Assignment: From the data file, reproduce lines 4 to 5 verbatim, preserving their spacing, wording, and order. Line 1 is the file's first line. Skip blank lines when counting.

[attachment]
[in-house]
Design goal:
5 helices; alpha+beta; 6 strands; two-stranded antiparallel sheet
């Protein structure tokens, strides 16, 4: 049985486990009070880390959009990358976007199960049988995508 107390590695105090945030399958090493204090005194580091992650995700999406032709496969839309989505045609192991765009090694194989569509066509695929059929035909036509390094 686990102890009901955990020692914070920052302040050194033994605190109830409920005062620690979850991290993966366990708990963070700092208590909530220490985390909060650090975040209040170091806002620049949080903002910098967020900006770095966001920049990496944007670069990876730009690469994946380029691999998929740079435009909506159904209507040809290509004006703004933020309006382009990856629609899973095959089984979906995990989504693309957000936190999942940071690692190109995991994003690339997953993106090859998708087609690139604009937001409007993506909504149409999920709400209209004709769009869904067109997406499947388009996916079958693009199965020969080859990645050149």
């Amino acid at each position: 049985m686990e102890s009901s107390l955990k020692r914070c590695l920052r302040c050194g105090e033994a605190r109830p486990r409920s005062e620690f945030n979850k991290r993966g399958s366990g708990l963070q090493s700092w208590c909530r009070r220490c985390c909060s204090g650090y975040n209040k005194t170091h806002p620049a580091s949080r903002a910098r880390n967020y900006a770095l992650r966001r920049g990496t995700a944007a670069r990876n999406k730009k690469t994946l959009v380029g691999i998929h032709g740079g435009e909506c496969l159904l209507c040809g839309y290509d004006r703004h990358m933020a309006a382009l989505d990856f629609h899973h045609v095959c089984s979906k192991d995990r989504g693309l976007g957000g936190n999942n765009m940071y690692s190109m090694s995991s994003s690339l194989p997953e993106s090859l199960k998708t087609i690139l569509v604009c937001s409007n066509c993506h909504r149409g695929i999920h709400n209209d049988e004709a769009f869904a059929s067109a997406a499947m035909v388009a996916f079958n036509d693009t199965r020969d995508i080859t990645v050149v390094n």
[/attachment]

């Protein structure tokens, strides 16, 4: 049985486990009070880390959009990358976007199960049988995508 107390590695105090945030399958090493204090005194580091992650995700999406032709496969839309989505045609192991765009090694194989569509066509695929059929035909036509390094 686990102890009901955990020692914070920052302040050194033994605190109830409920005062620690979850991290993966366990708990963070700092208590909530220490985390909060650090975040209040170091806002620049949080903002910098967020900006770095966001920049990496944007670069990876730009690469994946380029691999998929740079435009909506159904209507040809290509004006703004933020309006382009990856629609899973095959089984979906995990989504693309957000936190999942940071690692190109995991994003690339997953993106090859998708087609690139604009937001409007993506909504149409999920709400209209004709769009869904067109997406499947388009996916079958693009199965020969080859990645050149």
């Amino acid at each position: 049985m686990e102890s009901s107390l955990k020692r914070c590695l920052r302040c050194g105090e033994a605190r109830p486990r409920s005062e620690f945030n979850k991290r993966g399958s366990g708990l963070q090493s700092w208590c909530r009070r220490c985390c909060s204090g650090y975040n209040k005194t170091h806002p620049a580091s949080r903002a910098r880390n967020y900006a770095l992650r966001r920049g990496t995700a944007a670069r990876n999406k730009k690469t994946l959009v380029g691999i998929h032709g740079g435009e909506c496969l159904l209507c040809g839309y290509d004006r703004h990358m933020a309006a382009l989505d990856f629609h899973h045609v095959c089984s979906k192991d995990r989504g693309l976007g957000g936190n999942n765009m940071y690692s190109m090694s995991s994003s690339l194989p997953e993106s090859l199960k998708t087609i690139l569509v604009c937001s409007n066509c993506h909504r149409g695929i999920h709400n209209d049988e004709a769009f869904a059929s067109a997406a499947m035909v388009a996916f079958n036509d693009t199965r020969d995508i080859t990645v050149v390094n």